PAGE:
Metropolitan Police have issued 252 tickets to drivers using hand-held cell phones since a “distracted driving” law became fully effective Aug. 1.
Police also have issued 31 tickets to other “distracted” drivers who were drinking coffee, eating fast food, or fussing with pets or children, according to the D.C. Department of Motor Vehicles.
Each of the 283 tickets carries a $100 fine.
“[Distracted driving] is not our number one priority, but it is important,” said police Capt. Kevin Keegan of the Traffic Safety Unit. “We are not getting preoccupied with it. … This is just another law that fits in among hundreds of traffic violations, though it is high on the list of items that would contribute to a crash.”
Officers now must document crashes involving mobile-phone use, but Capt. Keegan said it is too soon to evaluate the effect of the law on traffic safety.
Many jurisdictions aim similar laws exclusively at mobile-phone use, but the District’s definition of distracted driving includes any activity that diverts attention from the road, including such commonplace tasks as eating fast food or tuning the radio.
“I’m encouraged to hear [D.C. police] wrote 30-some-odd tickets for other things [than cell phones],” said Lon Anderson, a spokesman for AAA Mid-Atlantic, an automobile owners advocacy, research and service group.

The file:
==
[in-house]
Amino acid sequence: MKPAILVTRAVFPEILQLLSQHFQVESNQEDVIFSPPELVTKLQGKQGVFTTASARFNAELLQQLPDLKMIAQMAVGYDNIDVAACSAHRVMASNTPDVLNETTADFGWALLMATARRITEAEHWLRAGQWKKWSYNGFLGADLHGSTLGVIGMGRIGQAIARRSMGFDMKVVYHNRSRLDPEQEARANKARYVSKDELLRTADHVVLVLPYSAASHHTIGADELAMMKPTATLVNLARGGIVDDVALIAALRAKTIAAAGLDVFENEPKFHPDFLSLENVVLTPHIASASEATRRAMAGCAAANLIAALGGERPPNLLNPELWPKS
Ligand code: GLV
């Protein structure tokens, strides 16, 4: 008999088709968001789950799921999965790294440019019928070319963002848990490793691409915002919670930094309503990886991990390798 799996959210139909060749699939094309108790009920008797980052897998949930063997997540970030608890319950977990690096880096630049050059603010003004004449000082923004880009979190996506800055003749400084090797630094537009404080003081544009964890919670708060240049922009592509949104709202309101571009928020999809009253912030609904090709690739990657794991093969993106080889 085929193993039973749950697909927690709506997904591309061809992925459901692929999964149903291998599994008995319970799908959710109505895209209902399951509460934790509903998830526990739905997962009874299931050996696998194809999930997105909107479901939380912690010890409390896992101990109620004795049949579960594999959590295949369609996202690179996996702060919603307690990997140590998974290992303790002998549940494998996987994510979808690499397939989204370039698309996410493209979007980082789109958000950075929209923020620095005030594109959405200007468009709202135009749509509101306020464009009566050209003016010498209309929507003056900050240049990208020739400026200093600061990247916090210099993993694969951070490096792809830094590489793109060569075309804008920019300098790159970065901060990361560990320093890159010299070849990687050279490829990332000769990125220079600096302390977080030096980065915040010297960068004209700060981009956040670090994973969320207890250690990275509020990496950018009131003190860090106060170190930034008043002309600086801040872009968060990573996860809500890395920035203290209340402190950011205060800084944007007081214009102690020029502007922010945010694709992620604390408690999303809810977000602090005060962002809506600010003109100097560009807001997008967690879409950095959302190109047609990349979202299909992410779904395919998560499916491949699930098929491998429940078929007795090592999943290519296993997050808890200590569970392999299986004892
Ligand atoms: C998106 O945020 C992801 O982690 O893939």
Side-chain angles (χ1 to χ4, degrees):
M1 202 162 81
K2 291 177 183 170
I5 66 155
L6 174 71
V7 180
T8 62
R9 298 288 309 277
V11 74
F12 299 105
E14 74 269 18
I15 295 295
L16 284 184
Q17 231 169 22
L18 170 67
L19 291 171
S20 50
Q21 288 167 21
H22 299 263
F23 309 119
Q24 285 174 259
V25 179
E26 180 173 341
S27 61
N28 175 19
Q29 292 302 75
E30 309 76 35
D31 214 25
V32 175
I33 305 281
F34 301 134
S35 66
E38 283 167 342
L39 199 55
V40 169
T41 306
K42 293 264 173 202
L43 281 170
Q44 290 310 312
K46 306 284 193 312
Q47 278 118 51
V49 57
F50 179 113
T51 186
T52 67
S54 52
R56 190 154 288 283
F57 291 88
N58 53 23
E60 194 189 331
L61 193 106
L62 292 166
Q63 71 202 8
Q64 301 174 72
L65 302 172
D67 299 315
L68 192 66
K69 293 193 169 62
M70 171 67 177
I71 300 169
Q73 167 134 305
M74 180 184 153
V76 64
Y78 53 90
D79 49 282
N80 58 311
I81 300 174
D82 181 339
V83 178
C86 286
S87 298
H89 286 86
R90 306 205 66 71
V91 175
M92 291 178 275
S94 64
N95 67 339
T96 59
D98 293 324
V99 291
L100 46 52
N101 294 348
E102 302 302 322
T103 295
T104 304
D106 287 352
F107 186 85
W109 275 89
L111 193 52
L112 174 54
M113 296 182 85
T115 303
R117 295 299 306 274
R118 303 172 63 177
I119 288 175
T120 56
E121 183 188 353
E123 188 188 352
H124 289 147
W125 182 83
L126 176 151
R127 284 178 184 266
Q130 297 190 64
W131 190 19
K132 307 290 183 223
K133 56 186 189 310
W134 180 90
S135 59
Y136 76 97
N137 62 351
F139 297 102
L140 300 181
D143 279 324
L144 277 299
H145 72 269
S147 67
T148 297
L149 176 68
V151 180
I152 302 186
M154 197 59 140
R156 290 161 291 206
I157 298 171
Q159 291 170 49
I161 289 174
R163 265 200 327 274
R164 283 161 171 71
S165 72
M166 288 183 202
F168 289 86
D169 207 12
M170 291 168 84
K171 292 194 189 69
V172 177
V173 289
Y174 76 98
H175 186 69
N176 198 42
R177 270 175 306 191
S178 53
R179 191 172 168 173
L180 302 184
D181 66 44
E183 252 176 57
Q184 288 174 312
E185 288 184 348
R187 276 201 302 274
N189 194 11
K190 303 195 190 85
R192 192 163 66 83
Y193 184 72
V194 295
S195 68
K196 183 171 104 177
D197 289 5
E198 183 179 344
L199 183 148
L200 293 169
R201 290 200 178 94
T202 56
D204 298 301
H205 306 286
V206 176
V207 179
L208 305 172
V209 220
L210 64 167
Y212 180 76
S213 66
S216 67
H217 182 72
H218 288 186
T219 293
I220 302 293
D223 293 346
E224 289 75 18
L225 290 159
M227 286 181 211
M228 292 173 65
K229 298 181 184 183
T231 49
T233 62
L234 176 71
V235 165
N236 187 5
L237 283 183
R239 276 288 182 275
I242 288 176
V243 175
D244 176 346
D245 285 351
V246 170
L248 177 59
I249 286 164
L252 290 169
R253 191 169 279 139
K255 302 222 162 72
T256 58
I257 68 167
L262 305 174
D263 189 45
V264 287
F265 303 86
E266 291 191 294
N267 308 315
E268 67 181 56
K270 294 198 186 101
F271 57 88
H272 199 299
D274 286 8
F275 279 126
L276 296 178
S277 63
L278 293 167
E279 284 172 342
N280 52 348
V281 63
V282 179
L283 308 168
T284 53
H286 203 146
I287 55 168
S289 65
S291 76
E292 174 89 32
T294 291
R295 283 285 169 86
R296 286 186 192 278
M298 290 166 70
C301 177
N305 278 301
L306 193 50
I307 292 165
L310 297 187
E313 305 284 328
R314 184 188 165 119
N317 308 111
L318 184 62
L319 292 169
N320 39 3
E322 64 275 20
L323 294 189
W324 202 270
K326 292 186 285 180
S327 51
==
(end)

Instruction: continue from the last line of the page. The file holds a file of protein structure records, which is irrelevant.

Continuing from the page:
Mr. Anderson said studies show that distractions such as eating, fiddling with the radio and interacting with children cause more accidents than using cell phones. Rubbernecking at accidents is the leading distraction contributing to crashes, he said.
“There are many, many distractions, and [police] need to focus on some of the others,” Mr. Anderson said.
Jonathan Adkins, spokesman for the Governors Highway Safety Association, said drivers should be trained not to use cell phones while behind the wheel, but that the lesson should not include a ticket and a fine.
“This is common sense,” said Mr. Adkins, whose nonprofit group represents state highway administrations, including the D.C. Department of Public Works. “If we start to pass laws for every potentially dangerous behavior, laws lose their impact.”
The D.C. Council in January passed a bill banning the use of hand-held cell phones, among other distractive acts, while driving. Drivers may use hands-free cell phones while behind the wheel.
The law applies to every driver except police and emergency workers acting within the scope of their official duties. Drivers dialing 911 or 311 in an emergency also are exempt.
The law took effect July 1, but police issued mostly warnings last month.
First offenders of the cell-phone ban can avoid the fine by showing up at traffic court with proof of having purchased a hands-free device. Drivers indulging in other distractions, however, likely have to pay the fine.
The penalty does not include points against a driver’s license.
The District’s law is among the nation’s toughest.
In 2001, New York imposed the country’s first statewide ban on using cell phones while driving, penalizing offenders with a $100 fine.
New Jersey followed suit this year, though police there can issue a citation only when stopping a driver for another traffic violation. The fine ranges from $100 to $250.
Brooklyn, Ohio, in 1999 became the first city to enact a cell-phone ban. Violators there face a $3 fine for the initial infraction and $100 for each subsequent ticket.